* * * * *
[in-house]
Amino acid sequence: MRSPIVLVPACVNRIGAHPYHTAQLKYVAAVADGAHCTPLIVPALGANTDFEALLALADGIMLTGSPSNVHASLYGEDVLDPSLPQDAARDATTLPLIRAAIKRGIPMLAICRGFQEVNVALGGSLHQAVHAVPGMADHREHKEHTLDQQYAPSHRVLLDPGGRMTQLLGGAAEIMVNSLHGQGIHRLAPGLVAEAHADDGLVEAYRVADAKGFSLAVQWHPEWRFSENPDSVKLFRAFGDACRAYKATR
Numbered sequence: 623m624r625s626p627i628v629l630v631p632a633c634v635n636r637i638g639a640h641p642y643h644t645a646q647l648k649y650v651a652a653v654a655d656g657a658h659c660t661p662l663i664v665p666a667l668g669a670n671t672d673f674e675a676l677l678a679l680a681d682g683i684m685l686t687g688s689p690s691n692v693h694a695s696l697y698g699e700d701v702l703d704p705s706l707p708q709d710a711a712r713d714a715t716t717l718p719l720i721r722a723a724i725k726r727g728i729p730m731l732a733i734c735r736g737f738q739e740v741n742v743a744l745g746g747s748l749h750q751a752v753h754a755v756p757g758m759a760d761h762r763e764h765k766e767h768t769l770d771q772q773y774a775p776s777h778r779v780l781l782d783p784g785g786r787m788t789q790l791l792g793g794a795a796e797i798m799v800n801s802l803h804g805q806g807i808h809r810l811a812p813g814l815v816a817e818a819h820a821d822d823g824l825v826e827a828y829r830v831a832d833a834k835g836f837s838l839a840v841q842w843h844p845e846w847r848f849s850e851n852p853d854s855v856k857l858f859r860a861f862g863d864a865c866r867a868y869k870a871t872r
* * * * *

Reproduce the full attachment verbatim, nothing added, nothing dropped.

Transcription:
[in-house]
Amino acid sequence: MRSPIVLVPACVNRIGAHPYHTAQLKYVAAVADGAHCTPLIVPALGANTDFEALLALADGIMLTGSPSNVHASLYGEDVLDPSLPQDAARDATTLPLIRAAIKRGIPMLAICRGFQEVNVALGGSLHQAVHAVPGMADHREHKEHTLDQQYAPSHRVLLDPGGRMTQLLGGAAEIMVNSLHGQGIHRLAPGLVAEAHADDGLVEAYRVADAKGFSLAVQWHPEWRFSENPDSVKLFRAFGDACRAYKATR
Numbered sequence: 623m624r625s626p627i628v629l630v631p632a633c634v635n636r637i638g639a640h641p642y643h644t645a646q647l648k649y650v651a652a653v654a655d656g657a658h659c660t661p662l663i664v665p666a667l668g669a670n671t672d673f674e675a676l677l678a679l680a681d682g683i684m685l686t687g688s689p690s691n692v693h694a695s696l697y698g699e700d701v702l703d704p705s706l707p708q709d710a711a712r713d714a715t716t717l718p719l720i721r722a723a724i725k726r727g728i729p730m731l732a733i734c735r736g737f738q739e740v741n742v743a744l745g746g747s748l749h750q751a752v753h754a755v756p757g758m759a760d761h762r763e764h765k766e767h768t769l770d771q772q773y774a775p776s777h778r779v780l781l782d783p784g785g786r787m788t789q790l791l792g793g794a795a796e797i798m799v800n801s802l803h804g805q806g807i808h809r810l811a812p813g814l815v816a817e818a819h820a821d822d823g824l825v826e827a828y829r830v831a832d833a834k835g836f837s838l839a840v841q842w843h844p845e846w847r848f849s850e851n852p853d854s855v856k857l858f859r860a861f862g863d864a865c866r867a868y869k870a871t872r